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Silence in the Tortured Soul – Chapter Thirteen

Welcome to the next episode of Silence in the Tortured Soul, book eleven in the Operation Quickline series. The KGB has infiltrated a group protesting a satellite launch. Lisa and Sid need to find out how to protect their friends Frank and Esther – and to train them as their new recruits. You can read the first chapter here, or click here to read all of the episodes that have run.

We took Frank and Esther to our martial arts dojo the next morning instead of the gym, then Sid took Esther to work, and I took Frank with me back to the house. There was a mildly unpleasant surprise waiting for us in Josie Prosser and two of her pre-teen friends. Well, I still wasn’t sure who was who yet, but I was reasonably sure one of them was Josie.

They scattered when they saw the garage door open as I pulled up, but they came right back once I had pulled into the garage and closed the door.

“What’s that about?” Frank asked as I checked out the front windows.

“Something we don’t need.” I shook my head and went over to my desk. “The girls are chasing Nick. It’s why he’s over at Sy and Stella’s for the time being.”

I checked the answering machine just as my pager went off. I paged Sid first to let him know that I’d take the call, since our pagers tended to go off together. The call was for a pickup addressed to us from the Green line. I set it up, then decided to bring Frank with me. We needed to go to the shooting range, anyway. There weren’t any urgent calls on the answering machine, either.

The weather outside was warm, and I was wearing a pair of lightweight mint green linen Bermuda shorts with sandals and a sleeveless polo shirt in a flowered print. The pickup was a priority three, code three, and I’d set it up for a donut stand that was not only well known, it was a favorite of mine and Frank’s. In fact, he’d taken me on a date there shortly after we’d met.

I explained the priority and code system to Frank as I drove us there.

“Priority is pretty obvious,” I said. “One doesn’t happen that often, but you know it’s hot if you get one. Code is the level of contact we can have with the other courier. Code one is no contact at all. Code five means you can hang around and maybe even talk to each other. This pick up is a code three, which means we’ll probably see the other courier, but not really talk to him.”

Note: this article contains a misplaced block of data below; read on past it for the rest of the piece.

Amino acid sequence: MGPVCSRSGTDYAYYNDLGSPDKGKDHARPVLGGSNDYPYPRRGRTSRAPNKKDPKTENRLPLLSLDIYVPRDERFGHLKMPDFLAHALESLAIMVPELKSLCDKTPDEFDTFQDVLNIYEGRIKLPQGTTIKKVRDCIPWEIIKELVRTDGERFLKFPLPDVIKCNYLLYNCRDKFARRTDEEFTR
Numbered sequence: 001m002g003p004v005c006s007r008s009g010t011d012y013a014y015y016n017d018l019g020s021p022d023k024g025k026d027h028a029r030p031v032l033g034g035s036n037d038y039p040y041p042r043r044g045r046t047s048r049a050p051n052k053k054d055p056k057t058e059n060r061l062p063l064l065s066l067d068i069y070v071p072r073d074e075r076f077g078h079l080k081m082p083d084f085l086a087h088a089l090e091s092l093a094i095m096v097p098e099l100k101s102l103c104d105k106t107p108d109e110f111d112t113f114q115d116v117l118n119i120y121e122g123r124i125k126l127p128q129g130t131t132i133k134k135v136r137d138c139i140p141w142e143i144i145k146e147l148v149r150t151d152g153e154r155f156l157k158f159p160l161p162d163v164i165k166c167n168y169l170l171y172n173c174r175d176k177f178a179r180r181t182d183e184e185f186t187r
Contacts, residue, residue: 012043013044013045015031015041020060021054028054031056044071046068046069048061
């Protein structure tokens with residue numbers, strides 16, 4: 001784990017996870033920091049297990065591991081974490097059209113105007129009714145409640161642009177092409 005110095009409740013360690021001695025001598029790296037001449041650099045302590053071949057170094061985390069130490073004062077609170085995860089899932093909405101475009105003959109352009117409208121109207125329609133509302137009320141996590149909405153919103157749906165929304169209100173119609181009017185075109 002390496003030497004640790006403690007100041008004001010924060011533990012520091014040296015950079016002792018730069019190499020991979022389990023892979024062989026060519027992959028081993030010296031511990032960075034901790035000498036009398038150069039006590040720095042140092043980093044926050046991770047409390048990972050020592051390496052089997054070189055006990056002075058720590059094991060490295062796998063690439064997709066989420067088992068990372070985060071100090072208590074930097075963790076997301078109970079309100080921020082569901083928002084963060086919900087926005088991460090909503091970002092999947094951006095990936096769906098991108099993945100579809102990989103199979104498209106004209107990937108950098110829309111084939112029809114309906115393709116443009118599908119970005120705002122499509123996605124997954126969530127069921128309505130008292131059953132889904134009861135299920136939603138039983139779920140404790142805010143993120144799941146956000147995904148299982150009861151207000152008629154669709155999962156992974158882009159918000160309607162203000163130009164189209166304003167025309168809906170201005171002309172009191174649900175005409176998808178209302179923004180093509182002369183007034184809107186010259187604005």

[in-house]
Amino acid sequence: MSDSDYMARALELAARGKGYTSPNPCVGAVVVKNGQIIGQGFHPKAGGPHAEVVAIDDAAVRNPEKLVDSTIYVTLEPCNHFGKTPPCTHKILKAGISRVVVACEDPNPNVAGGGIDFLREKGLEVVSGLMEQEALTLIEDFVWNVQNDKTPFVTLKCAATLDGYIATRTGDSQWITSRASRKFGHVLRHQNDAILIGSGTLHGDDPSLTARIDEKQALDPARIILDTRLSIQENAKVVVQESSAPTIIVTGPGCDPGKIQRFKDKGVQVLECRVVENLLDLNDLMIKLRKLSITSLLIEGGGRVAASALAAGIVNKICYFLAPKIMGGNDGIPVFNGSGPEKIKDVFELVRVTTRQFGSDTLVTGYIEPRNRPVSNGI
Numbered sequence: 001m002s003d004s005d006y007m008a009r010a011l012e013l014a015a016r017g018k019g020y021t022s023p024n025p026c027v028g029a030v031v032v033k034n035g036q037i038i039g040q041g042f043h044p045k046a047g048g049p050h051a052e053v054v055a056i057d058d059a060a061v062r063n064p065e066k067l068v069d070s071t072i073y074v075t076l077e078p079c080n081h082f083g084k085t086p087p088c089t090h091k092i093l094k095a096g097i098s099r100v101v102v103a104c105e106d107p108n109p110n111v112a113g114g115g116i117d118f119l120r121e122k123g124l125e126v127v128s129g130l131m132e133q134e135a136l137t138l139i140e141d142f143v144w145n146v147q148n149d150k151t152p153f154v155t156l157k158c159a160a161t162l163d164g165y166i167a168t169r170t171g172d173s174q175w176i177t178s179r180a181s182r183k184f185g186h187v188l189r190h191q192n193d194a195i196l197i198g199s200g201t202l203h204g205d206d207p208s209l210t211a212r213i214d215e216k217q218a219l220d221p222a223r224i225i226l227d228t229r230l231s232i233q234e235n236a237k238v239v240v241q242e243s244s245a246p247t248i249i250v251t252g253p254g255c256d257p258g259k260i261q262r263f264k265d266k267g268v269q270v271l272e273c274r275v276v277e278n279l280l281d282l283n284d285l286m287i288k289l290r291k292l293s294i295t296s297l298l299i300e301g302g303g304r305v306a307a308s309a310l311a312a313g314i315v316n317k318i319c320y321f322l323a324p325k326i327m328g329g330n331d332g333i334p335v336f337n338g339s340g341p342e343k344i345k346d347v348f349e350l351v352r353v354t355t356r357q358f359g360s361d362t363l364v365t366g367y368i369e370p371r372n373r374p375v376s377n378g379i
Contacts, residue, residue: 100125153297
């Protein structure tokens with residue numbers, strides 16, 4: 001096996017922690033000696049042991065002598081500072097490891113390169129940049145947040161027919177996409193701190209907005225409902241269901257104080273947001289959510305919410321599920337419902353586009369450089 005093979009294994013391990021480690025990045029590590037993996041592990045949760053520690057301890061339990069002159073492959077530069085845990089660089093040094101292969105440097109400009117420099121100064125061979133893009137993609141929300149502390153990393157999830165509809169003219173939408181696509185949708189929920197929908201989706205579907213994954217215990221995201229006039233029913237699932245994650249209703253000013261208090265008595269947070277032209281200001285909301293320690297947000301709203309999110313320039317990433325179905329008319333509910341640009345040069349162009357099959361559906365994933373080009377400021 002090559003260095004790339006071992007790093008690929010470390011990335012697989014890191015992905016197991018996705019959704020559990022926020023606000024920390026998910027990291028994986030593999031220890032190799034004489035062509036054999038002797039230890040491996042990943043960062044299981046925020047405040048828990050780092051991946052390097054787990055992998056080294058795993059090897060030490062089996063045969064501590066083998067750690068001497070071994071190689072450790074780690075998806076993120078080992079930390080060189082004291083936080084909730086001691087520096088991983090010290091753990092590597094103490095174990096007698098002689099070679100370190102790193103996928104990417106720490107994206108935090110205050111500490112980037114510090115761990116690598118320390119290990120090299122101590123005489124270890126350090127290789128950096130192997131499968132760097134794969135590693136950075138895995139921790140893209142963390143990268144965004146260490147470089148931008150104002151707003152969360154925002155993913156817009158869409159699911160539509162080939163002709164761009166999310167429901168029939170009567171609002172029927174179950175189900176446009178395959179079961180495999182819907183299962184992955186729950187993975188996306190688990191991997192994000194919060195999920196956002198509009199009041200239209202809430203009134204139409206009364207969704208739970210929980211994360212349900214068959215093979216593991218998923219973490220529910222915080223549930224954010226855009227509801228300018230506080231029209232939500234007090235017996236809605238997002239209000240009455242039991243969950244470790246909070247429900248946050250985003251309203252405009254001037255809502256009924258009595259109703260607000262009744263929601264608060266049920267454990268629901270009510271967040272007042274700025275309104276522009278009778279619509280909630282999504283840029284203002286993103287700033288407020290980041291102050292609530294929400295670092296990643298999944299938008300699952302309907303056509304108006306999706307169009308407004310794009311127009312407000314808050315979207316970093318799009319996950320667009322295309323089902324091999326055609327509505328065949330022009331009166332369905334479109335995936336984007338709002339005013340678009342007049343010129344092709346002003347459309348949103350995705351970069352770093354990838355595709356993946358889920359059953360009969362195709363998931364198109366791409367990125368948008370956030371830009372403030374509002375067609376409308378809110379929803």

“Him?” Frank asked. “I thought we weren’t supposed to know anybody.”

“Well, after a while, you can’t help but recognize people.”

In fact, I had seen Green Lantern, the mover on the San Francisco stop of the Green line, any number of times, and the nondescript man had seen me, as well. I ordered several donuts and coffee for both Frank and me, then we sat outside at one of the cement tables. Green Lantern wandered past us on his way to the parking lot. Some minutes later, Frank and I had finished our donuts and took the remains of our coffee back to the truck.

“That’s it?” Frank asked as I started the engine.

“Be thankful that’s it,” I said. “When it isn’t, it’s ugly. And speaking of, we need to spend some significant time at the shooting range today.”

Frank grimaced. According to Sid, the previous day’s session had not gone well. The range we went to was a special one for undercover operatives and others who needed a discreet place to practice. The targets were the human silhouettes one associates with law-enforcement. That didn’t seem to bother Frank.

I let him squeeze off a few rounds and saw that Esther had been exactly right. He was rushing his shots. It was probably not one of my finer bits of inspiration, but there was the movie The Karate Kid. I’d seen it several times with Nick, who really loved the film. Wax on, wax off.

“Alright, Frank, we’re going to try something different,” I told him. “Before you shoot, I want you to take a deep breath, hold it, take your time sighting down the barrel at the target, let out your breath, then slowly squeeze off the shot.”

“That’s not going to help if somebody’s shooting at us.”

“Just do as I say.”

Frank shook his head, put his ear protection on, then followed my prompts, and hit the target right in the chest. He gaped.

“Wow.”

“Let’s try that again. Slowly.”

He kept trying to rush my prompts, but I wouldn’t let him.

“But what are we going to do if we’re in real trouble?” he asked as we finally left the range. “I can’t shoot that slowly and expect us to come out alive.”

“I’m not worrying about that right now,” I said, starting my truck.

“You don’t understand, Lisa.”

“What do you mean, I don’t understand?” I couldn’t help glaring at him. “How many gunfights have you been in, Frank?”

“I haven’t, but—”

“Frank, I’ve been in plenty.” I wasn’t sure why I was so irritated by him at that moment. I looked over at him and finally saw that there was something else gnawing at him. “I’m sorry. I shouldn’t be so cranky, but this is something I really know, and it feels like you don’t believe that I know what I’m doing.”

“That’s not it.” Frank’s face grew even more pained. “I’m just scared, Lisa. I need to be there for Esther, and what if I’m not?”

“That’s not the way to be thinking about this.” I sighed. “Look, Frank, I worry about the same thing. What if I’m not there to save Sid, or worse, Nick? Sid, at least, has years and years of experience. But my son. He’s just a kid. The worst of it is, no matter how much training or experience you have, things can still go wrong. Which is why you can’t be worrying too much about being there for Esther. There are no guarantees that things won’t go bad in spite of your best efforts.”

Frank snorted. “Oh, I know that. I really know that.” He looked at me, then blinked. “My dad was a cop, you know.”